Sacred Texts  Christianity  Early Church Fathers  Index  Previous  Next 

Chapter XV.—Conclusion.

And I despised the wicked and deceitful doctrine of Simon 1946 of my own nation. And if you give this book your authority, we will expose him before all, that, if possible, they may be converted. For this end alone did we compose this treatise. And our doctrines are not shameful, according to a sober judgment, but are indeed more lofty than all human philosophy: and if not so, they are at least unlike the doctrines of the Sotadists, and Philænidians, and Dancers, and Epicureans, and such other teachings of the poets, which all are allowed to acquaint themselves with both as acted and as written. And henceforth we shall be silent, having done as much as we could, and having added the prayer that all men everywhere may be counted worthy of the truth. And would that you also, in a manner becoming piety and philosophy, 1947 would for your own sakes judge justly!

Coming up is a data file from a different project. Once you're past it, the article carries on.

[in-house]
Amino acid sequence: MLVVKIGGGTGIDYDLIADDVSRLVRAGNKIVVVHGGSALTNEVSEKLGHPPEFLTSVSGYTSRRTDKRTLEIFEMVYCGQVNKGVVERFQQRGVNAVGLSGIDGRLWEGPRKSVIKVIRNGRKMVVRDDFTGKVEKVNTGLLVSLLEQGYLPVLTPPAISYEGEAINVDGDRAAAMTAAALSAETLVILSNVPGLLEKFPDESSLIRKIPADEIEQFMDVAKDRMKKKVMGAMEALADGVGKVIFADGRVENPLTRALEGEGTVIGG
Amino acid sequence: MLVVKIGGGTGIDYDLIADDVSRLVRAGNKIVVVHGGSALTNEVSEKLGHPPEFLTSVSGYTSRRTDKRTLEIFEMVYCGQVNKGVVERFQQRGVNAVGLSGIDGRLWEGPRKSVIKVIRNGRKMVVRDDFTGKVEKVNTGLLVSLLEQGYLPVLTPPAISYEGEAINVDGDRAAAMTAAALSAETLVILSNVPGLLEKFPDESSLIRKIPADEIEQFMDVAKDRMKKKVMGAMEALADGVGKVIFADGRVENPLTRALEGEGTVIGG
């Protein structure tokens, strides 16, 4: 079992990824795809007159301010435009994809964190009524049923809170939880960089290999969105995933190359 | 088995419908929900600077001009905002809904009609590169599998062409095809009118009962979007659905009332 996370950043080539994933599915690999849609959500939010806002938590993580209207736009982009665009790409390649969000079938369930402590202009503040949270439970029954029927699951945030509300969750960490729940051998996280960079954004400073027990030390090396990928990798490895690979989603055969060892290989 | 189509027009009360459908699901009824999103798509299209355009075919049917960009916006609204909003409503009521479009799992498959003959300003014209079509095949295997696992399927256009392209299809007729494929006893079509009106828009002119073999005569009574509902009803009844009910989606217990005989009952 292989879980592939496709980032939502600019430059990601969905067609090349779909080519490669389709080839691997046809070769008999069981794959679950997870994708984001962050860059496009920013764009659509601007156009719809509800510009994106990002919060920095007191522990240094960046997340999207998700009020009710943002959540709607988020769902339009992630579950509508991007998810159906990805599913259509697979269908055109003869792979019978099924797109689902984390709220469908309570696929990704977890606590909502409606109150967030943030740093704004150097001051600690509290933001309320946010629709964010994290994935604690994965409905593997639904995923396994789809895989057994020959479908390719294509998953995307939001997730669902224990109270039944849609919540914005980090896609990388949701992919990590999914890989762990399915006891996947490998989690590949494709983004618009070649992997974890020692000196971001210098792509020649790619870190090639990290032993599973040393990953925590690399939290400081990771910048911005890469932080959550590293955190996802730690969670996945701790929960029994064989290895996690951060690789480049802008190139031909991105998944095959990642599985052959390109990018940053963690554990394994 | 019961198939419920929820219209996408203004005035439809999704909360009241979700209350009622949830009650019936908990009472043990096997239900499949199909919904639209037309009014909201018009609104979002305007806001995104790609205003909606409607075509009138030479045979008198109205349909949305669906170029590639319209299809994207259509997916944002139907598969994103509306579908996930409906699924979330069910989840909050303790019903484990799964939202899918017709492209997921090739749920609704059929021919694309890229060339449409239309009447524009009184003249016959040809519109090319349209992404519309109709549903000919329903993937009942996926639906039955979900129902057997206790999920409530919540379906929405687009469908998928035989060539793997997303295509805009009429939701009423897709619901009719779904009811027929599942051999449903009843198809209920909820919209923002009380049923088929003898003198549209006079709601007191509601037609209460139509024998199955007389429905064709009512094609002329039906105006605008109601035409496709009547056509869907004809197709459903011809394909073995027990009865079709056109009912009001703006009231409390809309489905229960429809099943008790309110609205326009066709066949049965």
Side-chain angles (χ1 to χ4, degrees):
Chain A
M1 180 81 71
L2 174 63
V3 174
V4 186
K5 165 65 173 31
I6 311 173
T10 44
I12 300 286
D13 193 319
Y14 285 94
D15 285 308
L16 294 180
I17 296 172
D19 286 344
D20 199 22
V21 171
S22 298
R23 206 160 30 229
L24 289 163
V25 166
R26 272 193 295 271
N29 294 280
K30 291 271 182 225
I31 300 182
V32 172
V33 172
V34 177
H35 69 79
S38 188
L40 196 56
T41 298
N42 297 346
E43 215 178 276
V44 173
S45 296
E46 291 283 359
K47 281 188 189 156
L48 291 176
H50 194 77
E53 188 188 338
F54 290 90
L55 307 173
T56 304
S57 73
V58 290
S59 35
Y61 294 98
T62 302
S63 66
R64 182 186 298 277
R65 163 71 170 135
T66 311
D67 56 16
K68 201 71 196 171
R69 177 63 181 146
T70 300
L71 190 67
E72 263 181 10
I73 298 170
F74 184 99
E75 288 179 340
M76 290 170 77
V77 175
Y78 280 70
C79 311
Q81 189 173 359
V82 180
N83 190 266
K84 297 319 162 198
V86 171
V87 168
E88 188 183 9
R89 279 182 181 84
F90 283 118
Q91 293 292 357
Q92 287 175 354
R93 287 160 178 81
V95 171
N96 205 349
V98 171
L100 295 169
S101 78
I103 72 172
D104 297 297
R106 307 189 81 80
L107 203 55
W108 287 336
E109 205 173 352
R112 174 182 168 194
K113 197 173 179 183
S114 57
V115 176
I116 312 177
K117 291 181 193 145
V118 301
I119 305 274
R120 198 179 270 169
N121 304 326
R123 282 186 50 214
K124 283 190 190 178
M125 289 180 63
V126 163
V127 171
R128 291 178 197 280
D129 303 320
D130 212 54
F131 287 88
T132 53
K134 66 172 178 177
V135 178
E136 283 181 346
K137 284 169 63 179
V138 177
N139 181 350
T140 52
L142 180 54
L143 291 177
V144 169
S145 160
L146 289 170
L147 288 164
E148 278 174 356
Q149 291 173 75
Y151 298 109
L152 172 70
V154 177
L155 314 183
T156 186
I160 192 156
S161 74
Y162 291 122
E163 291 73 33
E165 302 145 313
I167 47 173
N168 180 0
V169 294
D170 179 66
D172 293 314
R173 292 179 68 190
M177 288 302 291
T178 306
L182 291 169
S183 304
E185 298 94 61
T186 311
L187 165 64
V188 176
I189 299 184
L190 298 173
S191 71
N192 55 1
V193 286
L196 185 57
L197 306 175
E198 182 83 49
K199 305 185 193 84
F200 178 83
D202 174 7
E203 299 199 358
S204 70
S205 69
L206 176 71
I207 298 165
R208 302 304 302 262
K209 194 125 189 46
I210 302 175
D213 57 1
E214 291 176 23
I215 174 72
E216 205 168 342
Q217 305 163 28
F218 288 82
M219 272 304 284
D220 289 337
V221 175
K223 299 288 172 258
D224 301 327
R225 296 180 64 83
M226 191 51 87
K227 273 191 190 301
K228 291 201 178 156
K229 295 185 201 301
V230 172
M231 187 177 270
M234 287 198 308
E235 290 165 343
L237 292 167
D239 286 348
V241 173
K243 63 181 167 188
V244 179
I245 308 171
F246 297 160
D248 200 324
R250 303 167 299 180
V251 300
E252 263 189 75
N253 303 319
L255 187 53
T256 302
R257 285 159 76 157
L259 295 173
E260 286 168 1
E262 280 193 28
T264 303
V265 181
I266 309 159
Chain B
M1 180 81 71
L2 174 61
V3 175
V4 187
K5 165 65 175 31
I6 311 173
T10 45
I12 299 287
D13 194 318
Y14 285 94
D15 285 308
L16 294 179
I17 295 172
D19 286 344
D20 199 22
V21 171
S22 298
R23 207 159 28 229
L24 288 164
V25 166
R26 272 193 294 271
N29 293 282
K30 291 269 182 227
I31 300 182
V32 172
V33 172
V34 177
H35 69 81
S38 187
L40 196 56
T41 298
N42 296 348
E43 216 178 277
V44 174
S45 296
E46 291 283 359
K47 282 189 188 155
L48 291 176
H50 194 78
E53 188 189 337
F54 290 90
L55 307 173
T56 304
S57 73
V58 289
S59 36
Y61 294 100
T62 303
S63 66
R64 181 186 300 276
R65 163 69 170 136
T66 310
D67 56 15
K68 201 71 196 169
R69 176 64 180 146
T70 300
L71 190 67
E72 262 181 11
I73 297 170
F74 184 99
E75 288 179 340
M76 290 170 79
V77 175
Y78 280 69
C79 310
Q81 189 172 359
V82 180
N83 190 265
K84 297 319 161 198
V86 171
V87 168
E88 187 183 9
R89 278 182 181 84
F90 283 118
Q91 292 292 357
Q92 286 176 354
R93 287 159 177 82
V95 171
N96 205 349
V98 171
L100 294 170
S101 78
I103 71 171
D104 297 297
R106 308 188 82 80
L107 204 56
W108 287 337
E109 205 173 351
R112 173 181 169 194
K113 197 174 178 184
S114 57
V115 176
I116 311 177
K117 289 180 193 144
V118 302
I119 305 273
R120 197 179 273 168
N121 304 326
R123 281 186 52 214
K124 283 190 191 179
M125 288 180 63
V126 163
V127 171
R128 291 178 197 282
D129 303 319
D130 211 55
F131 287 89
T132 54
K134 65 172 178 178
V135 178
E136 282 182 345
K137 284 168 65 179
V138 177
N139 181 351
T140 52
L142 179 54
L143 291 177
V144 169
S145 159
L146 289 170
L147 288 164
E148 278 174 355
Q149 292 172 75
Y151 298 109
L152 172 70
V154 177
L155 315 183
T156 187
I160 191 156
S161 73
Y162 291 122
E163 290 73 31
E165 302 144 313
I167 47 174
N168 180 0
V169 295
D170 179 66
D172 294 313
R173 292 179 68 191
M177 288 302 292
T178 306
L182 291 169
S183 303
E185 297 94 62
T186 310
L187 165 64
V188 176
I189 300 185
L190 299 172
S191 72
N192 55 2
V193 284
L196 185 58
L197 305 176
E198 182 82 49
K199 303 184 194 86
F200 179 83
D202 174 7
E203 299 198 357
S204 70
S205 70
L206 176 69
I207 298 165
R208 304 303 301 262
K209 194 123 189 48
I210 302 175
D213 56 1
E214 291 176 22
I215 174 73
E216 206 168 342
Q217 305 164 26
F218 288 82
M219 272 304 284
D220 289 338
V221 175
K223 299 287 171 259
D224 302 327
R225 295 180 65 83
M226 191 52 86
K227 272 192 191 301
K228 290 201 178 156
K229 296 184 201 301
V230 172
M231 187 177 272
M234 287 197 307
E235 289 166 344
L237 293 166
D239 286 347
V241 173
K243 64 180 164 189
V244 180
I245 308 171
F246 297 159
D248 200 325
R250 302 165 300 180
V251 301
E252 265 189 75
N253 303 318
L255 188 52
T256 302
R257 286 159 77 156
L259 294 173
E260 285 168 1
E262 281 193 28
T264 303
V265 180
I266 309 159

[Simon Magus appears to be one with whom Justin is perfectly familiar, and hence we are not to conclude rashly that he blundered as to the divine honours rendered to him as the Sabine God.]


[Another apostrophe, and a home thrust for “Pius the philosopher” and the emperor.]

Next: Dialogue with Trypho